CMS LAA Coverage Reflects ACC Feedback

The Centers for Medicare and Medicaid Services (CMS) finalized its decision to cover percutaneous left atrial appendage closure (LAAC) services on Feb. 8. This is a significant step forward for patients who are unable to take long-term oral anticoagulation. It also eliminates uncertainty about whether and how this service will be covered and paid, allowing facilities and providers to make informed decisions about both individual patient care and program planning. The national coverage determination (NCD) took effect immediately. Additional information for Medicare Administrative Contractors (MACs) and providers will be issued in the coming months.

The ACC worked closely with the Society of Cardiovascular Angiography and Interventions and the Heart Rhythm Society to submit joint comments to CMS on the proposed NCD last year. Many of the changes recommended in the letter were made. This is another of many recent instances where the societies have collaborated to secure positive coverage and payment policies for services provided to patients by members. The societies relied heavily on the societal overview and institutional and operator requirements documents for guidance. Each of those collaborative efforts were key to obtaining a positive outcome.

CMS covers LAAC for non-valvular atrial fibrillation (NVAF) as a second line therapy to oral anticoagulants when performed with a device that is approved by the U.S. Food and Drug Administration (FDA) for that indication under coverage with evidence development (CED). CED is used to collect additional clinical data on services likely to benefit Medicare beneficiaries for which CMS determines available evidence does not exist to provide coverage under the traditional “reasonable and necessary” standard. Patients, facilities, and operators must meet certain requirements to qualify for CED:

  • The patient has a CHADS2 score ≥ 2 or a CHA2DS2-VASc score ≥ 3.
  • The patient can tolerate short-term warfarin but has been deemed unable to take long-term oral anticoagulation through a shared decision making process.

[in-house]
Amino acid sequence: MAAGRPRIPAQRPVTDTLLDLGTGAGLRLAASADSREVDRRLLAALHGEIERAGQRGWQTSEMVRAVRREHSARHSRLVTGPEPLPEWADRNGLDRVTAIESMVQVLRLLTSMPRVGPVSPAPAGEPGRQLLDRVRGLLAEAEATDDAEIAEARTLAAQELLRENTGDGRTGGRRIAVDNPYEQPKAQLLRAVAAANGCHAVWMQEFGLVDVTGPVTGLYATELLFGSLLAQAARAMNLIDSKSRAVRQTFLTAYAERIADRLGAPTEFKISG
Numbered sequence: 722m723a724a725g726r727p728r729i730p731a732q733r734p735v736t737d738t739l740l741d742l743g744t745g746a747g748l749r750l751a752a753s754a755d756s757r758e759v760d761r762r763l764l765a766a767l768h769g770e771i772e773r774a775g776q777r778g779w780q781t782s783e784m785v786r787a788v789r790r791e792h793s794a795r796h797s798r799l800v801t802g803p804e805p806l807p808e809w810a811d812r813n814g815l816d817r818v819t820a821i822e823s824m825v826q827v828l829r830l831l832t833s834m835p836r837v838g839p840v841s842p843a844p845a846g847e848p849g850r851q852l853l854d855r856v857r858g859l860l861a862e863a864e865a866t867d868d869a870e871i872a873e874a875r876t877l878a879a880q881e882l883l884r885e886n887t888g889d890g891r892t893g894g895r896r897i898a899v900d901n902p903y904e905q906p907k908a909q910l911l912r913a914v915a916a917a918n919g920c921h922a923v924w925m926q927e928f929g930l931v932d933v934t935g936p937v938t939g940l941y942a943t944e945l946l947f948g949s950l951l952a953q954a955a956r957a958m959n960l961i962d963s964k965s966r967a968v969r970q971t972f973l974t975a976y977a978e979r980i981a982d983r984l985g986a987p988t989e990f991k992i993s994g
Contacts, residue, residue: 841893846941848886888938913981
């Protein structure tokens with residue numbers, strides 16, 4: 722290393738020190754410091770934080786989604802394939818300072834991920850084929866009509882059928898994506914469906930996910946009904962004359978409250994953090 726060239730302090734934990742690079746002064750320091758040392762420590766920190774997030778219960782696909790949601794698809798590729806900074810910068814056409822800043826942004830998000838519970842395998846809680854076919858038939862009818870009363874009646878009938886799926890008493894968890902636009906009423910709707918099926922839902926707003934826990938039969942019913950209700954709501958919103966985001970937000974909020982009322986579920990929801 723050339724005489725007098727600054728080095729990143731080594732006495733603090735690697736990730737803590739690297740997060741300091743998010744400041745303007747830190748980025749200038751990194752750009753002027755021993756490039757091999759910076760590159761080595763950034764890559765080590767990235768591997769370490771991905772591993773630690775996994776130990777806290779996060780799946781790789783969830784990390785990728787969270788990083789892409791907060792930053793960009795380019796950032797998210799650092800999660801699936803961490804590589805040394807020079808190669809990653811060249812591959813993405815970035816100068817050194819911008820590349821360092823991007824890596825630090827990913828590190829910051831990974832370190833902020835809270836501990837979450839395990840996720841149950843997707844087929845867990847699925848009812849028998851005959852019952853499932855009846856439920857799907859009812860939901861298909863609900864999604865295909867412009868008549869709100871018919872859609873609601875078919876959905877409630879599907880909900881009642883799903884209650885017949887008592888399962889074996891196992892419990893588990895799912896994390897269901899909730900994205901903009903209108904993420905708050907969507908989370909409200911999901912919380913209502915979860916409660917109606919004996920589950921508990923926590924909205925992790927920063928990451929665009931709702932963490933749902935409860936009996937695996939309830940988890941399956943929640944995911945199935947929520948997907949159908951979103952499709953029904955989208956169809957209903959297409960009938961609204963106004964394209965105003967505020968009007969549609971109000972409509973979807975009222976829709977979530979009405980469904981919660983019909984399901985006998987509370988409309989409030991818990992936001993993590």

• A formal shared decision making interaction with an independent non-interventional physician, such as a clinical cardiologist or neurologist, using an evidence-based decision tool precedes the decision to proceed and is documented in the medical record.
  • The patient is under the care of a multidisciplinary team of medical professionals at a facility with an established structural heart disease and/or electrophysiology program.
  • The procedure is performed by interventional cardiologist(s), electrophysiologist(s) or cardiovascular surgeon(s) who have been trained by manufacturer and have performed ≥ 25 transeptal puncture procedures through an intact septum who continue to perform ≥ 25 procedures, with at least 12 LAAC procedures, over a two-year period.
  • The patient, multidisciplinary team, and facility participate in a qualifying national registry that consecutively enrolls LAAC patients and tracks certain outcomes. The NCDR is already completing an application for the LAAO Registry to be an approved registry.
  • LAAC will also be covered when performed in an FDA-approved randomized controlled trial that meets CMS requirements and has been reviewed and approved by CMS.

ACC Advocacy will continue to keep members updated on the status of the LAAO Registry as an approved registry.

Clinical Topics: Anticoagulation Management, Arrhythmias and Clinical EP, Invasive Cardiovascular Angiography and Intervention, Implantable Devices, SCD/Ventricular Arrhythmias, Atrial Fibrillation/Supraventricular Arrhythmias, Interventions and Imaging, Angiography, Nuclear Imaging

Keywords: Angiography, Anticoagulants, Atrial Appendage, Centers for Medicare and Medicaid Services (U.S.), Electrophysiology, Medicaid, Medical Records, Medicare, Patient Care, Patient Care Team, Registries, United States Food and Drug Administration, Warfarin


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